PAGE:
Tsui Hark directs Jet Li, Rosamund Kwan and Yuen Biao in this historical kung-fu epic where real life Martial Arts master Wong Fei-Hung is embroiled in a conspiracy between American and British colonial interests, a local gang and a corrupt governor.
Natalie and I have set ourselves a mini-project of watching an epic “Once a Upon a Time in…” movie every Sunday. Don’t worry we aren’t going to beat ourselves up with phony cockney gangster flicks or this particular franchises later sequels. West, America, Mexico and Hollywood are on the docket though. This was my first revisit of Jet Li’s Hong Kong highlight since watching it in my good, good mate Davey’s boxroom in Marchmont years ago. That viewing was no doubt fuelled by a crate of Tennents tinnies and too much takeaway Chinese food. But I do remember it took me a while to get my bearings with who was who. That same slightly lost feeling niggled at me during the first act again. Obviously I know who Jet Li is, and the broad comic relief clowns are easy to separate and identify (although often extraneous and distracting to the plot). But we are introduced to a glut of characters… many of whom have the same severe haircut and dowdy dress… with little idea of their significance to the overall plot. A cowboy adventure would introduce the good and the bad gunslingers in black and white – that coding exists to ease the viewer in whatever their nationality… Hong Kong cinema gives western eyes no such gentle assimilation. By the midway point you know the hapless, slightly misguided Foon (Yuen Biao) is our actual protagonist. He motors the plot, gets involved in a human way and flirts with gorgeous “13th Aunt”. He may be clumsy and find trouble way too easily but he is the narrative’s hero in the most traditional genre cinema sense, and a pleasurable one. Jet Li is left to be unimpeachably worthy while he takes part in epic subplot side fights with rival masters and surprise assassins. These are visually wondrous. The whole film is a joy of production design and the scope and scale of it consistently impressive. The opening credits is a martial arts workout on a beach that is truly iconic, the finale involves ladders and explosions in a way that has never been matched. There is stuff that is awkwardly distasteful to us honkies in 2020. The threat of rape is a little too explicit and drawn out for a family friendly blockbuster, the stereotypical humour at the expense of outsiders is racist in even a 1970s Carry-On sense of the issues. I guess in kung-fu cinema we gwailou are just going to have to accept we’ll be the cucks at the orgy. Overall this is a very enjoyable afternoon of period thrills.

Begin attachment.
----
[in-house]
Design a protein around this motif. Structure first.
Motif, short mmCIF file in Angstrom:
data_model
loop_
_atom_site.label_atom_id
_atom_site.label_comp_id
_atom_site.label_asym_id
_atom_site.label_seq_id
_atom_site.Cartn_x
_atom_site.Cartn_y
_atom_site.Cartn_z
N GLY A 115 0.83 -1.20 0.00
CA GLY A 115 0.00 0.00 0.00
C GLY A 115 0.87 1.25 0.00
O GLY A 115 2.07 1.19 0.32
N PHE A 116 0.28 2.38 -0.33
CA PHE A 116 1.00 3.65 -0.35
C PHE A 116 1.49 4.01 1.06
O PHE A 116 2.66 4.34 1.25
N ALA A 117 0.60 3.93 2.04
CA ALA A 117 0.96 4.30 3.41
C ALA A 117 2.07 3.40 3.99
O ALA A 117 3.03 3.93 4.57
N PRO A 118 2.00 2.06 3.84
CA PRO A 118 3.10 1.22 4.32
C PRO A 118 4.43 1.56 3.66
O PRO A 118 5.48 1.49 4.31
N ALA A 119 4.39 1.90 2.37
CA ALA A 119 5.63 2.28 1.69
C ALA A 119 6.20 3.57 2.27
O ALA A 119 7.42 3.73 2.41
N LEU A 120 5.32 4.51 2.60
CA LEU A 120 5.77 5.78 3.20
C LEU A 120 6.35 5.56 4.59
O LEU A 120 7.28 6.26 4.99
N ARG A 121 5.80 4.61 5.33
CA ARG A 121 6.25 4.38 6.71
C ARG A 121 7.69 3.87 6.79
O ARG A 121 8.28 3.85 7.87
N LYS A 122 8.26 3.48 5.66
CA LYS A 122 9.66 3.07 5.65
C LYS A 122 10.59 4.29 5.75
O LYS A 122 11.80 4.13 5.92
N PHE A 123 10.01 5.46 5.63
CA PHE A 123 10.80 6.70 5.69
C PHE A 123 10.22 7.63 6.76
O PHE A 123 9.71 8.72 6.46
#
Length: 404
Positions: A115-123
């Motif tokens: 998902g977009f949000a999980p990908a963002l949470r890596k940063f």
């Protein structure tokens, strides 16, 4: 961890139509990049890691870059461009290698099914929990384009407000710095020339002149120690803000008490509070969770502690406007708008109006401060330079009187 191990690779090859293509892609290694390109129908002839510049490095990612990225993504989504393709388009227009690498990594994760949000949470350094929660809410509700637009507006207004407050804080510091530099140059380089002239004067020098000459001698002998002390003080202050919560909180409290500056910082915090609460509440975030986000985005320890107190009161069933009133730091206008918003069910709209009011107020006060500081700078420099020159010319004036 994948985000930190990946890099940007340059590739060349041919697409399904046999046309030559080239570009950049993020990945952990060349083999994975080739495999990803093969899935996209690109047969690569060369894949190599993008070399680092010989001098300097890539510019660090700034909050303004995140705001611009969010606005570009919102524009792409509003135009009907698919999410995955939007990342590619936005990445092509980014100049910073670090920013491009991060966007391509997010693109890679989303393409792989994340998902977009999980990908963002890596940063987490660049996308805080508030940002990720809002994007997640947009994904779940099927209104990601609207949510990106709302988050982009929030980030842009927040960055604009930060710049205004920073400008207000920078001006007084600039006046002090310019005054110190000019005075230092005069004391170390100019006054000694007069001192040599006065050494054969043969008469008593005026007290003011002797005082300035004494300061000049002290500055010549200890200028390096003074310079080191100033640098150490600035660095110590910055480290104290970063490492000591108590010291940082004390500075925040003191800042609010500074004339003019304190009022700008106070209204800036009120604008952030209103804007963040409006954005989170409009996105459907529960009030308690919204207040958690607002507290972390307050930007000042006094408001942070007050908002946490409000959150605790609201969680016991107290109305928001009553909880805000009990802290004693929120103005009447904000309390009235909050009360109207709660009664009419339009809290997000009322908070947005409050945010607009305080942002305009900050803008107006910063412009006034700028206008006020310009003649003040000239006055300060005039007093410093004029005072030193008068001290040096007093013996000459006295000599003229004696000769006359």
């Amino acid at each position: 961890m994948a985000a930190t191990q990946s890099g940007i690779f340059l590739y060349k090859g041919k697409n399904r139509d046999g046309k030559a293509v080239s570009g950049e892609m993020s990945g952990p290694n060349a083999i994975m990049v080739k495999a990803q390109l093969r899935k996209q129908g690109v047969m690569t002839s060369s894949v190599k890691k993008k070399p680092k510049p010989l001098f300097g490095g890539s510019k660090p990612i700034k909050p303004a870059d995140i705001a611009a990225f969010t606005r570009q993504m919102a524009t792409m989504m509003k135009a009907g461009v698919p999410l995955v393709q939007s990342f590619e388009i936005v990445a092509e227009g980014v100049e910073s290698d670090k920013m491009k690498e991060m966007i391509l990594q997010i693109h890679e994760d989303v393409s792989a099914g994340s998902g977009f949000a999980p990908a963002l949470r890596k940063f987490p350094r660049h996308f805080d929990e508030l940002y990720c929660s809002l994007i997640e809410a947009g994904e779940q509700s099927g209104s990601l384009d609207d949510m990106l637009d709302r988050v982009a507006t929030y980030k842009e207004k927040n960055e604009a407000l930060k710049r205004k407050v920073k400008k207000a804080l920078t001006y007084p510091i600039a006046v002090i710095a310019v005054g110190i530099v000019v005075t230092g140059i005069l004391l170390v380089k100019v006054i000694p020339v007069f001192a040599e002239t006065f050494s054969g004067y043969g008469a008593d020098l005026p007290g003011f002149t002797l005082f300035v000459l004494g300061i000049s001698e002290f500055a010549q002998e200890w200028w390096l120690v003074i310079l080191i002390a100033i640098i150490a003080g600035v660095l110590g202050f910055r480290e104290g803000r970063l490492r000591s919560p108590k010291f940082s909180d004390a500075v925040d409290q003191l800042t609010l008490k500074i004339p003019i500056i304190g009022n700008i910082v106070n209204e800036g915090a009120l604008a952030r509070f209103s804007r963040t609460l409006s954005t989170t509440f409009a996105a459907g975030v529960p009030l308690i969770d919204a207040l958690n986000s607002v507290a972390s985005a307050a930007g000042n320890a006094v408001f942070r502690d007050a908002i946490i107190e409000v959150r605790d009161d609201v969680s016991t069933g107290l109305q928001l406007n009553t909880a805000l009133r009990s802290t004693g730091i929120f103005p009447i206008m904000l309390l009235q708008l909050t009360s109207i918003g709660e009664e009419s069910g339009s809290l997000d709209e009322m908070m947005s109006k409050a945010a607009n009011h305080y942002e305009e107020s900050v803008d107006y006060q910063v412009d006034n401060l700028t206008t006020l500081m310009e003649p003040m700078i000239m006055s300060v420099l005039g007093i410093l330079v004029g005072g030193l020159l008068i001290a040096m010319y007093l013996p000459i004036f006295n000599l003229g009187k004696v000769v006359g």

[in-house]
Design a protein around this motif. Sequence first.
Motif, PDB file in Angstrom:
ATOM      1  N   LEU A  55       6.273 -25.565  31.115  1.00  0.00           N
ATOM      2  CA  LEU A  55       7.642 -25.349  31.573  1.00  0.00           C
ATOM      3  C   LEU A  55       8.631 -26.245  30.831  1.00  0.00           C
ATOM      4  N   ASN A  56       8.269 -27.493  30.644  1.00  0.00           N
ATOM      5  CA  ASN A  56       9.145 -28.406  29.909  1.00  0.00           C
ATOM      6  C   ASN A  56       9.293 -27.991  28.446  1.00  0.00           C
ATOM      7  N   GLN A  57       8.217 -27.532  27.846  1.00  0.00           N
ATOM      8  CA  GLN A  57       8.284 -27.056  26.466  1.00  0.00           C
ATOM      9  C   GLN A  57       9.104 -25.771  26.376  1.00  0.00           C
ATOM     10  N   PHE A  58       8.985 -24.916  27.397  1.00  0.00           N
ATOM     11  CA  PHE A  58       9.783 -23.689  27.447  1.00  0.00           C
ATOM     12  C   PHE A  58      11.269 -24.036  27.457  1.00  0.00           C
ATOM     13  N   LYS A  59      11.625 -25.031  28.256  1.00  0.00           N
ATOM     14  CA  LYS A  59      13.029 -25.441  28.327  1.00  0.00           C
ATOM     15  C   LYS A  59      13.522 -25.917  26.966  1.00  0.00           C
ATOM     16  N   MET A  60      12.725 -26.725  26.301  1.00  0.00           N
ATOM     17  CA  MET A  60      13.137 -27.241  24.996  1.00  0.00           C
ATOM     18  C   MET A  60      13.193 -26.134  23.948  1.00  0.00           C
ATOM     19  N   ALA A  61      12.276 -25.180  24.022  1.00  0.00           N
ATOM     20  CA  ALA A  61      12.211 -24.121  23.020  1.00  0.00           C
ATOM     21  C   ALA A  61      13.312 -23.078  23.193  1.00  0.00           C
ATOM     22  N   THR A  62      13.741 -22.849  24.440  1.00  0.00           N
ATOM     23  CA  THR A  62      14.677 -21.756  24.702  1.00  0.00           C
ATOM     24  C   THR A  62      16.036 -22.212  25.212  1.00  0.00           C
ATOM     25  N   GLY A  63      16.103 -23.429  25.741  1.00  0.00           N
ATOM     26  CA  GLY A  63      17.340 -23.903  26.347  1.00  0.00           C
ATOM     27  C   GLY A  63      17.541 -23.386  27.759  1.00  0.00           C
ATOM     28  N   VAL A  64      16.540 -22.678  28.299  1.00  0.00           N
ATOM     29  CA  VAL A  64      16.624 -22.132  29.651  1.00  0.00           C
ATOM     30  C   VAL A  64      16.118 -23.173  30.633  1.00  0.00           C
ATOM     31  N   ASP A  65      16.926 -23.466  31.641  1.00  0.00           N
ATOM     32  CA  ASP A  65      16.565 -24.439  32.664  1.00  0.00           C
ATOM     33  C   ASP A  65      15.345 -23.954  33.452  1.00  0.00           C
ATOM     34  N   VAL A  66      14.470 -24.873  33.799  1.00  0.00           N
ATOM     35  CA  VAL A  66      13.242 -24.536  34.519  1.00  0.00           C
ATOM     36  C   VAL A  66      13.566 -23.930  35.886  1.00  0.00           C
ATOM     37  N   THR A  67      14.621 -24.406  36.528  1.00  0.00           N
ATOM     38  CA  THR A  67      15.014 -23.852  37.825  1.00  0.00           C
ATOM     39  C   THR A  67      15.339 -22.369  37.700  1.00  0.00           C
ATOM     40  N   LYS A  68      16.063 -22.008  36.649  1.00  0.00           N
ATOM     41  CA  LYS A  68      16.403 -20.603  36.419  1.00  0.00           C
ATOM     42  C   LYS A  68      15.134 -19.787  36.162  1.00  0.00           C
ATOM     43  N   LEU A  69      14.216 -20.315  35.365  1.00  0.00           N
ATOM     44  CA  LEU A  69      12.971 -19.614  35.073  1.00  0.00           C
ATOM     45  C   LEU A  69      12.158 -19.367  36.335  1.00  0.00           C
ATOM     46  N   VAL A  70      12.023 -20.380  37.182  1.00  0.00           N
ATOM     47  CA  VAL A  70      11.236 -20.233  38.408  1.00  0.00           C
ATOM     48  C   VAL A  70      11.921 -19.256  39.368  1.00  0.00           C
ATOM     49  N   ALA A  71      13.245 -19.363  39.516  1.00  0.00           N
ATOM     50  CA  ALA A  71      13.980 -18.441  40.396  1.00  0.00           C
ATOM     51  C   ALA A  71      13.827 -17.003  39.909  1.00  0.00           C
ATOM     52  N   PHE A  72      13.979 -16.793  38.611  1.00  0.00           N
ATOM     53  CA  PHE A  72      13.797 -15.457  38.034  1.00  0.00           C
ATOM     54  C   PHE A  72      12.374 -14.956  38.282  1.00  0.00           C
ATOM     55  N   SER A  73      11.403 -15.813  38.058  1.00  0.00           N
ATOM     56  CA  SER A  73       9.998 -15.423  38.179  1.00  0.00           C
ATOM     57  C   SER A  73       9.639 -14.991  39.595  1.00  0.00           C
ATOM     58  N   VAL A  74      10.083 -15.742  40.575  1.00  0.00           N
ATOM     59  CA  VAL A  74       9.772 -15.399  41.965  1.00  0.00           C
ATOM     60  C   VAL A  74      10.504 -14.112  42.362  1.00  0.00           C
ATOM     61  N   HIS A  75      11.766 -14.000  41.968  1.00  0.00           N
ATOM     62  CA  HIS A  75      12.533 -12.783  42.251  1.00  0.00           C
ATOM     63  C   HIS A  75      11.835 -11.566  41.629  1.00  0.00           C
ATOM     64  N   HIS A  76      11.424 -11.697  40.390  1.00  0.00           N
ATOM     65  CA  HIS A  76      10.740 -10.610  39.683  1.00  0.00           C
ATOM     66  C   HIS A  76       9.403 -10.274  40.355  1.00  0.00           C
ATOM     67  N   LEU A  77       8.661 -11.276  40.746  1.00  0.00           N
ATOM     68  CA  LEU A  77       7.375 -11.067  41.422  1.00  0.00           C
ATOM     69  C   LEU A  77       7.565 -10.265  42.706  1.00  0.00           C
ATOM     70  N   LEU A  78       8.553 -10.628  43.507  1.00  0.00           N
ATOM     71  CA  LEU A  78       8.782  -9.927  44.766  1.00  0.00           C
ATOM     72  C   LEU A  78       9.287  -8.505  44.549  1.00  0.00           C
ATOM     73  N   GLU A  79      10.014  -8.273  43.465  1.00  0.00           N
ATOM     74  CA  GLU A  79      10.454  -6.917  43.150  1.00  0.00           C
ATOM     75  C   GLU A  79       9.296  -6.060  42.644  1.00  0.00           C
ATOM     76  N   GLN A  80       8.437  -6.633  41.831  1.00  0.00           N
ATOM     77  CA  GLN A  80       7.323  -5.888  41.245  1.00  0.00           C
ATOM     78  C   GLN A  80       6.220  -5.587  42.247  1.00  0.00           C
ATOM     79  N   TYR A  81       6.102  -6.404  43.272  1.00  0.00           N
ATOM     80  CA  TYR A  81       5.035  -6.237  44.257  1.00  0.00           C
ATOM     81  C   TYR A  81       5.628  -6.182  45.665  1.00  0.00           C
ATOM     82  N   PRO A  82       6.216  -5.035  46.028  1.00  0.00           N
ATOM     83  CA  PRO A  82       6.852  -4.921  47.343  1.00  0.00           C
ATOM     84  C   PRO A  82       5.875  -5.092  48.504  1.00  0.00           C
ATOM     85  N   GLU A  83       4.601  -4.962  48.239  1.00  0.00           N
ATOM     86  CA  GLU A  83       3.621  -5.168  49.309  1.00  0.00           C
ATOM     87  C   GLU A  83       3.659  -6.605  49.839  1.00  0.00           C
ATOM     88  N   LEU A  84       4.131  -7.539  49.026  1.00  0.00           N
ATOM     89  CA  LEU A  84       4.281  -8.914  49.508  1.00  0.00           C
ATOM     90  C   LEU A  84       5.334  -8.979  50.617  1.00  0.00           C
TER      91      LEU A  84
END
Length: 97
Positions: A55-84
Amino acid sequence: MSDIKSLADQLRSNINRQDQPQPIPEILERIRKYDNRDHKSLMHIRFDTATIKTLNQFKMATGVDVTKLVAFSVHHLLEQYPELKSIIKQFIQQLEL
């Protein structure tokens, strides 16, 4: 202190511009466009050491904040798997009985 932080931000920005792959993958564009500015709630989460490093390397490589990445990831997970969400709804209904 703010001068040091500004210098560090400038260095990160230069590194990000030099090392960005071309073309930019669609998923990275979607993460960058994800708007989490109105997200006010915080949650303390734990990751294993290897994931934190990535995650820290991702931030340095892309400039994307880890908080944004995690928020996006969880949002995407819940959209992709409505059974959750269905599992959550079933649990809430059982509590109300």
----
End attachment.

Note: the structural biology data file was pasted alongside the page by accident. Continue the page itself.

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We also do a podcast together called The Worst Movies We Own. It is available on Spotify or here https://letterboxd.com/bobbycarroll/list/the-worst-movies-we-own-podcast-ranking-and/